To study whether physical activity during adulthood or early life is associated with multiple sclerosis (MS) incidence in 2 prospective cohorts of women.Methods:
Women in the Nurses' Health Study (NHS) (n = 81,723; 1986–2004) and NHS II (n = 111,804; 1989–2009) reported recent physical activity at baseline and in selected follow-up questionnaires. Using this information, we calculated total metabolic equivalent hours of physical activity per week, a measure of energy expenditure. There were 341 confirmed MS cases with first symptoms after baseline. Participants also reported early-life activity. To estimate relative rates (RRs) and 95% confidence intervals (CIs), we used Cox proportional hazards models, adjusting for age, latitude of residence at age 15, ethnicity, smoking, supplemental vitamin D, and body mass index at age 18.Results:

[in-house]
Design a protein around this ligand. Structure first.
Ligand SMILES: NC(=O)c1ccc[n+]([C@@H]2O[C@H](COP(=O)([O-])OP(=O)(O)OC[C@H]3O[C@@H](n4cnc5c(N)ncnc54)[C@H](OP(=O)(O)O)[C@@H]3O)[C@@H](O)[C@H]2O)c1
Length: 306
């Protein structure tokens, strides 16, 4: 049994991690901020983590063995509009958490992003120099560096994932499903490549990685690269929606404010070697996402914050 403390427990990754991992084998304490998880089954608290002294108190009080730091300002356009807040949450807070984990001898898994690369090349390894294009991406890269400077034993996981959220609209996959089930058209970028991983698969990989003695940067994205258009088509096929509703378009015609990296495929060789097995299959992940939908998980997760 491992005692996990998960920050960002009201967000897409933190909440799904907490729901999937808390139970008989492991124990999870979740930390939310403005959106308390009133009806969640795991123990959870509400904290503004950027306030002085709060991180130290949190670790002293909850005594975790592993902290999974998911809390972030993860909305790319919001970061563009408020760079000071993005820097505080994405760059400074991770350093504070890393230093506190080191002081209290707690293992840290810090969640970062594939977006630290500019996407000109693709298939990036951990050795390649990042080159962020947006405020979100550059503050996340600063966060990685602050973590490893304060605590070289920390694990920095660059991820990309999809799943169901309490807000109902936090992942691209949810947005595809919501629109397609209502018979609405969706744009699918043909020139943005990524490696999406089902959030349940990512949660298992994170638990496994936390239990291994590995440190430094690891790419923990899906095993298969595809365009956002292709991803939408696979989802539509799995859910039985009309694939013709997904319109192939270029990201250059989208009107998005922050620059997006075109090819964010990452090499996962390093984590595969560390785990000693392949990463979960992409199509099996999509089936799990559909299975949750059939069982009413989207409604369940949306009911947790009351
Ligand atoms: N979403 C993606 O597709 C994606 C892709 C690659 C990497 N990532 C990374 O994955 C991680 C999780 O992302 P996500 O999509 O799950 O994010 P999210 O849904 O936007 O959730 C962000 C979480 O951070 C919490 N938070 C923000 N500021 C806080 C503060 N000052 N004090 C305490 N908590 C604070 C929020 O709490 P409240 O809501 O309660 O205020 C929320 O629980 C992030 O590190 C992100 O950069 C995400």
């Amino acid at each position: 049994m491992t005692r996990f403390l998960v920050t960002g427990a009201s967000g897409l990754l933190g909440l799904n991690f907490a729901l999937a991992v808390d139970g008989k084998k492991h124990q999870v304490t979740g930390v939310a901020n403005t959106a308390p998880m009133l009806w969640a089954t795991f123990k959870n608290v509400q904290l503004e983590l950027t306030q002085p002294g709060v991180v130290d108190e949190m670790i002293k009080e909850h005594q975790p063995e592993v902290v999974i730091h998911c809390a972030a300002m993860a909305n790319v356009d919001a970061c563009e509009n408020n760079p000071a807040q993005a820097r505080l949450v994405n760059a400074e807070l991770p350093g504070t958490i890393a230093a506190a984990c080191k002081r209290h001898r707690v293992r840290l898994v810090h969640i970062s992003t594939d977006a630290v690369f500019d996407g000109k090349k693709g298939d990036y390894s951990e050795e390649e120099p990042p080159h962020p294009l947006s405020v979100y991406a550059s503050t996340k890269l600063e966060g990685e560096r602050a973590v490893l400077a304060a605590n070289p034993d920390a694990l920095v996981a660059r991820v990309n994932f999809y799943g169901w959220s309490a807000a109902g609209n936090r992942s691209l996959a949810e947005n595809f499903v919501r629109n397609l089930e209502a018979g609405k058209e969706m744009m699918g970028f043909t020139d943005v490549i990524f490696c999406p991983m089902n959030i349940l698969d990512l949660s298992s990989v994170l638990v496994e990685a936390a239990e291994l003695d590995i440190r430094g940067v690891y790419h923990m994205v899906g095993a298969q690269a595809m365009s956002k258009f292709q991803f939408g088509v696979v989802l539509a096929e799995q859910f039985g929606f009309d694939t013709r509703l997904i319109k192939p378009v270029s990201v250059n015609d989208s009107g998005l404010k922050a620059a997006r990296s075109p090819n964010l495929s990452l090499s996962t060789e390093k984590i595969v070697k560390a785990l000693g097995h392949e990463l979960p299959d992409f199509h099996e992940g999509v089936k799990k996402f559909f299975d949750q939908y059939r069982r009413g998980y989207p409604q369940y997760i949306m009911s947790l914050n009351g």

Compared with women in the lowest baseline physical activity quartile, women in the highest quartile had a 27% reduced rate of MS (RRpooled = 0.73, 95% CI 0.55–0.98; p-trend 0.08); this trend was not present in 6-year lagged analyses. Change in physical activity analyses suggested that women reduced activity before onset of MS symptoms. In NHS and NHS II, higher strenuous activity at ages 18–22 years was weakly associated with a decreased MS rate. However, in NHS II, total early-life activity at ages 12–22 was not associated with MS.Conclusions:
Though higher physical activity at baseline was weakly associated with lower MS risk, this may have been due to women reducing physical activity in response to subclinical MS.